Get to Know Jennifer McDonald, the Black Woman Just Opened Wichita’s First Urban Winery

Jennifer McDonald Owner of Jenny Dawn Cellars

 

Jennifer McDonald has taken the business to new heights since launching what would become Wichita’s first urban winery. McDonald created Jenny Dawn Cellars in 2019 after conducting extensive consumer market research during her doctoral studies at Kansas State University.

This was after identifying a growing consumer desire for good wine in a winery setting in Wichita’s urban core. In an interview with Sheenmagazine, she described her path as the first Black winemaker and winery owner in Kansas. According to her, she faced opposition to her business strategy due to regulation and licensing, and it was also difficult to finance her venture.

“I always felt like an underdog when it came to negotiating contracts even though I had legal representation and a business attorney,” she noted.

McDonald added that the construction of her winery took twice as long and cost twice as much than anticipated. At a point, she even felt everything could go wrong. However, she was guided by her personal motto: “Have faith and never give up.”

“Ultimately, I was able to launch my winery and tasting room in November of 2019,” she said. “My strong sense of purpose keeps me moving forward and has allowed me to accomplish my goals despite the obstacles, challenges and resistance.”

Jenny Dawn Cellars, located in the historic Union Station, welcomes people from all walks of life. McDonald emphasizes this as one of her company’s strengths.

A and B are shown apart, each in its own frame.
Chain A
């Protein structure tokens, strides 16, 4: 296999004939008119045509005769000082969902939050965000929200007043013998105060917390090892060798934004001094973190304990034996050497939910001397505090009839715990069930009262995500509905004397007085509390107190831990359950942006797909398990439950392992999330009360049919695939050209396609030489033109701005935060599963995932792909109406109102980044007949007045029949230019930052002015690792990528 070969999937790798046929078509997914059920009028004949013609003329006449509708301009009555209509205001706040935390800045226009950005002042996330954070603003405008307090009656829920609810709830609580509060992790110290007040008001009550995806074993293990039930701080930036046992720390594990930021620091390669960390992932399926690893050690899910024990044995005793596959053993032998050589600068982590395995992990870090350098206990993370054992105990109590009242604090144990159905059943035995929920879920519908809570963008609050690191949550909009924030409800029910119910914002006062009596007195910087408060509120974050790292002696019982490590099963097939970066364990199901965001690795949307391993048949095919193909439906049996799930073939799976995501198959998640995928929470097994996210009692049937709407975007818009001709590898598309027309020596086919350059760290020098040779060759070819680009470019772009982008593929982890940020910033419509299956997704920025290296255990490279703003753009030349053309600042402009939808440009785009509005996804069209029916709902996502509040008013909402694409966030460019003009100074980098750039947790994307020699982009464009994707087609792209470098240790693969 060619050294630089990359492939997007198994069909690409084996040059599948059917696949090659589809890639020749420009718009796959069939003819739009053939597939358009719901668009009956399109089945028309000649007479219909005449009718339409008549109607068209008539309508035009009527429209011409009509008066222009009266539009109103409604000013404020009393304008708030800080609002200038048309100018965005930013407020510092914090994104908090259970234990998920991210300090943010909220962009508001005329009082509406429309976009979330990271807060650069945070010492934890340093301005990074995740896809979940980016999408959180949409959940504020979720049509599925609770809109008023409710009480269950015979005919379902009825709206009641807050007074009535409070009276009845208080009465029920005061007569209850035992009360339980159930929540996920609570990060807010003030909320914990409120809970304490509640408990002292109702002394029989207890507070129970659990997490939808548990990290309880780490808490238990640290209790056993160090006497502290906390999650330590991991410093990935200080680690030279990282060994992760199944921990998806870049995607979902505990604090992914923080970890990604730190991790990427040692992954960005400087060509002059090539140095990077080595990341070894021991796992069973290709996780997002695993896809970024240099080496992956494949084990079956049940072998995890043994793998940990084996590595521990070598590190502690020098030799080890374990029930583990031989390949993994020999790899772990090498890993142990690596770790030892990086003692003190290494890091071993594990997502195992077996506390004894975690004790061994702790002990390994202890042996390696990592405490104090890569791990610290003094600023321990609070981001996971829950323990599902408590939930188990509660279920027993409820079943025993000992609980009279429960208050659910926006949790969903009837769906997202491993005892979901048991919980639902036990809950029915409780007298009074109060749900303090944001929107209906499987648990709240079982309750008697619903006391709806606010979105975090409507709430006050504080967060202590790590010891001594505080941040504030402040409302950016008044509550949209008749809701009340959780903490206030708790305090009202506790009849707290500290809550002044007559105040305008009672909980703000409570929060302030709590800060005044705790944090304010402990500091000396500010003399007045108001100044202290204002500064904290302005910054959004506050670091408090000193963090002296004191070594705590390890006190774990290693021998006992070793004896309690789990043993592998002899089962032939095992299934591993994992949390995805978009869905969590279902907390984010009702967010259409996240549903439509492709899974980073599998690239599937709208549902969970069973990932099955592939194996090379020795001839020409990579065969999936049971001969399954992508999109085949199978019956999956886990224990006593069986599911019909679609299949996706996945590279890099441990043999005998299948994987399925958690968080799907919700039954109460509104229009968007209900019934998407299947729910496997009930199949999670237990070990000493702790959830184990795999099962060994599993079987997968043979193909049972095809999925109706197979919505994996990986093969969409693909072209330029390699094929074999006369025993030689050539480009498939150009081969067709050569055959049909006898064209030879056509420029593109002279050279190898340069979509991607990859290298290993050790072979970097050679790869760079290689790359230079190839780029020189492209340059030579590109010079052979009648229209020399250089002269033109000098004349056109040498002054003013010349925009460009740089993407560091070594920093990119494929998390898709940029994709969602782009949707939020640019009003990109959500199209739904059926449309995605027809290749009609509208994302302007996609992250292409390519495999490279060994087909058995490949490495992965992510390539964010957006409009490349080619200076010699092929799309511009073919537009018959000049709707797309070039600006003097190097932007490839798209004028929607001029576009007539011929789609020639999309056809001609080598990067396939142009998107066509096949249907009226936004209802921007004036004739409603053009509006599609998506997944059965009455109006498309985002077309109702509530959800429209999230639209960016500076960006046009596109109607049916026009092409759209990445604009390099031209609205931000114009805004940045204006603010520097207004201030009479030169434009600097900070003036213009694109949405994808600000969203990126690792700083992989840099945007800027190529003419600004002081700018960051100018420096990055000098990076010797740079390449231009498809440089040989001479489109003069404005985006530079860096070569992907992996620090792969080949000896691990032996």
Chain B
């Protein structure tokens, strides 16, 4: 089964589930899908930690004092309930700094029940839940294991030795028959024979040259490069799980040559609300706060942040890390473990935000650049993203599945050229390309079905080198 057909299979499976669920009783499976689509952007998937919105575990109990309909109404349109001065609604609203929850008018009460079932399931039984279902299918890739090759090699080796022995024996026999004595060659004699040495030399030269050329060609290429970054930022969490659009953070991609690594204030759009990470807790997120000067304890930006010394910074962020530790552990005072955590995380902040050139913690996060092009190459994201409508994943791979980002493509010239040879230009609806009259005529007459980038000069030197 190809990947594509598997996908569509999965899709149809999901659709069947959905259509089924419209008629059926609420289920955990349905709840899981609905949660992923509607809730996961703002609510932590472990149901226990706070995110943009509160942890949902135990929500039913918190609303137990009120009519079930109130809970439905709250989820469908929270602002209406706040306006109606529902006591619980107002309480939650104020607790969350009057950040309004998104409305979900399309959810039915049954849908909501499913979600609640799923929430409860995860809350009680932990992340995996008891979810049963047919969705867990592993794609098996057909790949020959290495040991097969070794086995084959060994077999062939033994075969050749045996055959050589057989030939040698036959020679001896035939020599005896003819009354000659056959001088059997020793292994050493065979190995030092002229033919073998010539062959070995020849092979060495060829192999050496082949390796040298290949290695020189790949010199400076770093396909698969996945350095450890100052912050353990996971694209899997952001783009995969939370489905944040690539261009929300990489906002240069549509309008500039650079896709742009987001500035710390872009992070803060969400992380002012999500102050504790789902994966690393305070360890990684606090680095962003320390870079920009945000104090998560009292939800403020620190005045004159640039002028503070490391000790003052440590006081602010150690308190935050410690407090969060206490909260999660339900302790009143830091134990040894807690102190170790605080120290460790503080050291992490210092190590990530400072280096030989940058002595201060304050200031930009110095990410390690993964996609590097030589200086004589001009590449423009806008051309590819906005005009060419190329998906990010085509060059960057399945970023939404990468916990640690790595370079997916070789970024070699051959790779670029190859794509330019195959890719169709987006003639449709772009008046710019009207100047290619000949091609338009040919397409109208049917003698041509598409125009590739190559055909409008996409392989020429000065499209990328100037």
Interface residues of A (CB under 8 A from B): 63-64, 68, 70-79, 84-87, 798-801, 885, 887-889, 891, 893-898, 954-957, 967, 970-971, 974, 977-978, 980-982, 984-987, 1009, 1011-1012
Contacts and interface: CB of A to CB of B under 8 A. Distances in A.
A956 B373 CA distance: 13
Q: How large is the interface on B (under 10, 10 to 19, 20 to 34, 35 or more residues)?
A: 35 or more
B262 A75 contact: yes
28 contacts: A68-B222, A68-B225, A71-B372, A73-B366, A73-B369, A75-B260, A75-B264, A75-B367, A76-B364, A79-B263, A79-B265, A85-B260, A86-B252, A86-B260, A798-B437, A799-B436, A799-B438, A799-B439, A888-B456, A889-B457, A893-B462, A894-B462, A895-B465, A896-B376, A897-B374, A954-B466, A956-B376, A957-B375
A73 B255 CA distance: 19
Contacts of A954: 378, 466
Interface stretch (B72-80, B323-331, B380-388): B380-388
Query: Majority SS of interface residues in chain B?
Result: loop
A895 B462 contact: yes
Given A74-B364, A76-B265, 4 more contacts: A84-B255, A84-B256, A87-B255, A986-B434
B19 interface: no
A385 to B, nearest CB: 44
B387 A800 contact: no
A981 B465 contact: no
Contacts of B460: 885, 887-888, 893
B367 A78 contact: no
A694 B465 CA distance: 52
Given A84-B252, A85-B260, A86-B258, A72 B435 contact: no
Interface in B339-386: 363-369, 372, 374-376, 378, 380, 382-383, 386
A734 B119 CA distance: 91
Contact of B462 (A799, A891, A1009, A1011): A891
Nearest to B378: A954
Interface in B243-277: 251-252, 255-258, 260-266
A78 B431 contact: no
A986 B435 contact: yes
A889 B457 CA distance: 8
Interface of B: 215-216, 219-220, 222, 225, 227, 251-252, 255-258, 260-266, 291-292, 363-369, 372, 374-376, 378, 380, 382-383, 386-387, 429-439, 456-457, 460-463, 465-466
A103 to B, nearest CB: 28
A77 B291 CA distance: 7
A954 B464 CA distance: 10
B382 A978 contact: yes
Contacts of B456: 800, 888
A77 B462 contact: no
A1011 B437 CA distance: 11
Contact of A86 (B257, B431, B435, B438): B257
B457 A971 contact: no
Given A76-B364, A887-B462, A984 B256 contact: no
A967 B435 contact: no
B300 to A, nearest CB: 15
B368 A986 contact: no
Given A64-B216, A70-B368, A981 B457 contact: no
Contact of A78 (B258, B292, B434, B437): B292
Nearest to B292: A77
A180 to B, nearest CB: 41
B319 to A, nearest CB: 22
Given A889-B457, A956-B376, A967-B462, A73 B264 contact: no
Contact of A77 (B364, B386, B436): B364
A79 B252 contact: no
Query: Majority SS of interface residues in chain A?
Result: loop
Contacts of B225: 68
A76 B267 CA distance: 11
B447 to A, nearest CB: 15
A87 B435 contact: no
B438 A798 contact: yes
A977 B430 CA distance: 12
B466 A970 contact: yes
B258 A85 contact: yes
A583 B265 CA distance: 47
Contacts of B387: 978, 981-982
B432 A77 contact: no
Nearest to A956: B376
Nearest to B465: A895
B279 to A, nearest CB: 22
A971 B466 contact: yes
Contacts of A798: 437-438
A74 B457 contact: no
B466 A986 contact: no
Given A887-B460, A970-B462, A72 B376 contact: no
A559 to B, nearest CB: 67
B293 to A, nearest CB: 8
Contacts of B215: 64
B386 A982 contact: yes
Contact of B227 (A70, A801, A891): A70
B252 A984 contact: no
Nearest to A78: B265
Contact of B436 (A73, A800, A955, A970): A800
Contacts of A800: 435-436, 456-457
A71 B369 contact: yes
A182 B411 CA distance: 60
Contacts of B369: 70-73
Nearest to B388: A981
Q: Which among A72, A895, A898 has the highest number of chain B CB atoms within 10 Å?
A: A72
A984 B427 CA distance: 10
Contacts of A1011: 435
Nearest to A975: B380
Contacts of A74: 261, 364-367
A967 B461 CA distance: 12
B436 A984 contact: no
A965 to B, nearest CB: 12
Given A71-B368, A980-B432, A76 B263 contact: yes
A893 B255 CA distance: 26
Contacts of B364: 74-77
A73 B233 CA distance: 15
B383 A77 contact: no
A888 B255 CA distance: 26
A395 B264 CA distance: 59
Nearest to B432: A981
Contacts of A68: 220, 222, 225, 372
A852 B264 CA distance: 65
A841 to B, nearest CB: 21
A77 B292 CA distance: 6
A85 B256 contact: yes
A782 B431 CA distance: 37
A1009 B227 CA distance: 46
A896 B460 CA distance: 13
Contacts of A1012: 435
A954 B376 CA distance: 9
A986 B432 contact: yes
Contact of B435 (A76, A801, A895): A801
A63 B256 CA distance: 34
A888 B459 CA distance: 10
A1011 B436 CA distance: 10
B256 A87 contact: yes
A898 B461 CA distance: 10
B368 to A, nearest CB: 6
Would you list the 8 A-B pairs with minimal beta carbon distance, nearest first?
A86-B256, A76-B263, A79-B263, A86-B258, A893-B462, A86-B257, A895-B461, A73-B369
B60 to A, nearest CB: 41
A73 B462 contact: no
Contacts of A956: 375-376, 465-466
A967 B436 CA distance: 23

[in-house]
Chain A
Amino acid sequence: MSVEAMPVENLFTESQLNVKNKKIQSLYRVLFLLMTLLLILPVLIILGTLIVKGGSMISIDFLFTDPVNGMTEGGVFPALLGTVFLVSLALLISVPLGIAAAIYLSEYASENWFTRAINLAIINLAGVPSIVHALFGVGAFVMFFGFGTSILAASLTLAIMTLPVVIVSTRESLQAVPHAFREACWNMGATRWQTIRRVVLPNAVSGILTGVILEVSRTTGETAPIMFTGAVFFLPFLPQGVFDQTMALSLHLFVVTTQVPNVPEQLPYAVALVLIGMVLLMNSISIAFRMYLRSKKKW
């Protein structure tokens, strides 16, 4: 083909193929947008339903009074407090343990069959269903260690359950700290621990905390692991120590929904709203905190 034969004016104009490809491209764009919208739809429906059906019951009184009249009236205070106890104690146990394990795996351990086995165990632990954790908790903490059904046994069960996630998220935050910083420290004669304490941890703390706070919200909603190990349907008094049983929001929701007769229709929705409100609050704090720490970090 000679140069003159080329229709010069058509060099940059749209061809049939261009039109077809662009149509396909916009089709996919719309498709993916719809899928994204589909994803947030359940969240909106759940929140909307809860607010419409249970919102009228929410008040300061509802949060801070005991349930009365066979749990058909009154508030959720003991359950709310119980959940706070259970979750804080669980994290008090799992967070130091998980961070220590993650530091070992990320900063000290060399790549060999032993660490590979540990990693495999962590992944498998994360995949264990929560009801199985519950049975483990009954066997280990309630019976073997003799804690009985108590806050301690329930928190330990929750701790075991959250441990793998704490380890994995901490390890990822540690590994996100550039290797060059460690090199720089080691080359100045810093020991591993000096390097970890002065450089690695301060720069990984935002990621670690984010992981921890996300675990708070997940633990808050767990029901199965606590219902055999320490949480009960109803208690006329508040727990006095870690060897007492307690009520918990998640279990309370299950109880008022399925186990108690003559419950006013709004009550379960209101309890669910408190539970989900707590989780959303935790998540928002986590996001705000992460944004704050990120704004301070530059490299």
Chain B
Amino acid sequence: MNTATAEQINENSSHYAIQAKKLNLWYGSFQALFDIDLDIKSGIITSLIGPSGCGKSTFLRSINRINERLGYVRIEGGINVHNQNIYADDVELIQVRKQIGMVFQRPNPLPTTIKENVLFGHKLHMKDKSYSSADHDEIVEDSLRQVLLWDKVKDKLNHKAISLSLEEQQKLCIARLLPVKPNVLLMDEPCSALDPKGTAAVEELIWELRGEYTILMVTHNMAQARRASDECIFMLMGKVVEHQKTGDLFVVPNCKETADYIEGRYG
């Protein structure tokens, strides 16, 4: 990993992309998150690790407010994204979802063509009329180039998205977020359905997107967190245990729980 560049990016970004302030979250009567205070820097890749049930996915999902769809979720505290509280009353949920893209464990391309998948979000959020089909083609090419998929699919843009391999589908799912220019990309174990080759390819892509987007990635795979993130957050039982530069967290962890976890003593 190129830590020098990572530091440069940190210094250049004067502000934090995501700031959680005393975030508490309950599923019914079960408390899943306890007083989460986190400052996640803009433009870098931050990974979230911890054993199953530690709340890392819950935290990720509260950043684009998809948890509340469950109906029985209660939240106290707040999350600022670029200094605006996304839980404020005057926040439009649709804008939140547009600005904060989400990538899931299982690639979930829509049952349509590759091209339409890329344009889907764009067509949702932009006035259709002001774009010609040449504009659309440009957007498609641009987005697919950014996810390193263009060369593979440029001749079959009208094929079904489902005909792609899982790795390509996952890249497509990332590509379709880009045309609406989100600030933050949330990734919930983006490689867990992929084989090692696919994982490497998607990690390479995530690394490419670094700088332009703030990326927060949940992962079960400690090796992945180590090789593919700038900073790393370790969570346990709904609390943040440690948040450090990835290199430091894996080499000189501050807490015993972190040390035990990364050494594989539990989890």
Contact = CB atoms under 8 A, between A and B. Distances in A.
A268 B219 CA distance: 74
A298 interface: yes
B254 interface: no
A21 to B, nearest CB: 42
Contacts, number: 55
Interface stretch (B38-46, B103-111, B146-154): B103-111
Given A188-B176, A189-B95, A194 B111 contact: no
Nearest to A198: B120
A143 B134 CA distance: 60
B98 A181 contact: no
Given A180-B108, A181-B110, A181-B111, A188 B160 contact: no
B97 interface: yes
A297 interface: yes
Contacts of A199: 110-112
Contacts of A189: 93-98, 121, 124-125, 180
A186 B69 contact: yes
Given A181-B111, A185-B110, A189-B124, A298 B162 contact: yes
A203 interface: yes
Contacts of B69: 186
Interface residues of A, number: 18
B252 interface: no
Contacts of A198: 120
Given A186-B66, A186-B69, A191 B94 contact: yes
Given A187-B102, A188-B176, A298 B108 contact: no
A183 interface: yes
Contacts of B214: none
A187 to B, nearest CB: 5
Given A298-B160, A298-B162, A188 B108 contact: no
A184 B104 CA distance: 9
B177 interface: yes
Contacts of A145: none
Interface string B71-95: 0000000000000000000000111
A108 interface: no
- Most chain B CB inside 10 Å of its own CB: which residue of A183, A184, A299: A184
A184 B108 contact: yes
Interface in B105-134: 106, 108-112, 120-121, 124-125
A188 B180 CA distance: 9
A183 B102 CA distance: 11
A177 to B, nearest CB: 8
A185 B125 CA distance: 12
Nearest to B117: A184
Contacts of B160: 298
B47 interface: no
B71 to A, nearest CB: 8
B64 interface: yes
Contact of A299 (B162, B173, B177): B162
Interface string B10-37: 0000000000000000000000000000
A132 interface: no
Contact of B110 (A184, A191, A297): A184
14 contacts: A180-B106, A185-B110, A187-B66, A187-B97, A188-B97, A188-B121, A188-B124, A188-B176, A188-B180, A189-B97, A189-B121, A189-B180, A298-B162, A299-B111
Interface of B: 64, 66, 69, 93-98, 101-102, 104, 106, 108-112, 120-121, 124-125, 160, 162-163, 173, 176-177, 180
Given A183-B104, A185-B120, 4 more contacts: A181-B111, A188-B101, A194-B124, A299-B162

“The beauty of the Jenny Dawn Cellars business is the diverse background and profile of our clients. We have attracted clients from every walk of life and every ethnic background. We saw a need for diversity and inclusion in the Kansas wine industry and we have created wine and a space that has attracted diversity to us,” she noted.

In terms of business lessons, she stated that one thing she has learned is to never go it alone. She claims to have incredible investors, dozens of peer mentors, and a range of business and winemaking mentors.

“I feel 100 percent supported! If I ever run into any problems or issues that I do not personally know how to tackle, I have a community of supporters to lean on and seek guidance from. As a Black woman-owned entrepreneur and winemaker, I am not alone,” she explained.

When asked recently about her five-year vision, McDonald stated that her ambition is to overcome the impact of the pandemic on her firm and scale even higher. She planned to expand her physical footprint at Union Station by 2020 in order to grow up her production facilities. She mentioned at the time that her wine is available not just in the winery but also online, with shipping to 38 states and distribution channels in Kansas and Nebraska. “I am focused on expanding distribution to all our bordering states,” she said.

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